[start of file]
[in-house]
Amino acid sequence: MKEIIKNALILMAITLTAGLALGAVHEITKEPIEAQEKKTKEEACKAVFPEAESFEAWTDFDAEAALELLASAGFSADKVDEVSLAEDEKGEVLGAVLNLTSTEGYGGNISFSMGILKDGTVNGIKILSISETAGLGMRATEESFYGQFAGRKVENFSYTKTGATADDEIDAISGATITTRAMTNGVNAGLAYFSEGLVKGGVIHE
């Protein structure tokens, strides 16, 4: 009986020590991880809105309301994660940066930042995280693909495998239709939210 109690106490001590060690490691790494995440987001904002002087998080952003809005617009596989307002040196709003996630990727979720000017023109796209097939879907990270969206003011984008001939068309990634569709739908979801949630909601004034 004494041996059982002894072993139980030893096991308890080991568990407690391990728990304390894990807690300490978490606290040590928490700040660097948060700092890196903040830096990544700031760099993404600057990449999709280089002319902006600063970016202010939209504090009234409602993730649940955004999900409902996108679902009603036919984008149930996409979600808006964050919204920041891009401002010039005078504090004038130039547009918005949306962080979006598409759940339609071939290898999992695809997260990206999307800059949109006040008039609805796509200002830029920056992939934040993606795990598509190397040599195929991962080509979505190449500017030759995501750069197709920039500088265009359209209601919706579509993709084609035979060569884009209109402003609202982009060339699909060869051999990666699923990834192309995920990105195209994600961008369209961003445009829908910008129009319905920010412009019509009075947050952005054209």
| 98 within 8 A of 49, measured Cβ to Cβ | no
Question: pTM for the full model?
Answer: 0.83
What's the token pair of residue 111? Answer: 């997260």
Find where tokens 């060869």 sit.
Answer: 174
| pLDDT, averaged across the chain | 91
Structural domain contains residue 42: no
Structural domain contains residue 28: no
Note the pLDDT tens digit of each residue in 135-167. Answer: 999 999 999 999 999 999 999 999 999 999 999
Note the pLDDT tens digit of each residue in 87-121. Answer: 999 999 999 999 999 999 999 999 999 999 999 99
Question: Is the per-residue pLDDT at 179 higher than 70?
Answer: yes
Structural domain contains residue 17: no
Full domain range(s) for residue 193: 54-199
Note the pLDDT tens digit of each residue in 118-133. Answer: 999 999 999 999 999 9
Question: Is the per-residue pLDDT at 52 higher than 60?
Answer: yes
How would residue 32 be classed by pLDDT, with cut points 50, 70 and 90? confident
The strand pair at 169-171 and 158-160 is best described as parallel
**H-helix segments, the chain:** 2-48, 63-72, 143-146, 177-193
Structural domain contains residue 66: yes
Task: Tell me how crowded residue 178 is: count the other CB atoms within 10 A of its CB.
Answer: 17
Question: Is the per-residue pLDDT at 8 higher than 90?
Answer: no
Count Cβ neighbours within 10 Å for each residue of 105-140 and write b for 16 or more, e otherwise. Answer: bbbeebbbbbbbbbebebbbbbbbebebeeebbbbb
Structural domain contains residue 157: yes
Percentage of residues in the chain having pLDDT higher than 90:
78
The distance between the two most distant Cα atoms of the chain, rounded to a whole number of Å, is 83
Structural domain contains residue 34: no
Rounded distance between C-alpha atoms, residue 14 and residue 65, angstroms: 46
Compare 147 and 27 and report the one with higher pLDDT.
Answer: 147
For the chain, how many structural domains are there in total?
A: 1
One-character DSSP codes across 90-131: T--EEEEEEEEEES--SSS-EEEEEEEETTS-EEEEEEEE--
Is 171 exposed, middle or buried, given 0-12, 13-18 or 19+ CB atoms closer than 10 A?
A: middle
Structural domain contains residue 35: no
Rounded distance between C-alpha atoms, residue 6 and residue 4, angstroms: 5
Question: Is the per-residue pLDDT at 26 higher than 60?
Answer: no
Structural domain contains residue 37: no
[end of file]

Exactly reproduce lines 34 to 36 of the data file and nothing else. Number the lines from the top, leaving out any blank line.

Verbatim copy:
The distance between the two most distant Cα atoms of the chain, rounded to a whole number of Å, is 83
Structural domain contains residue 34: no
Rounded distance between C-alpha atoms, residue 14 and residue 65, angstroms: 46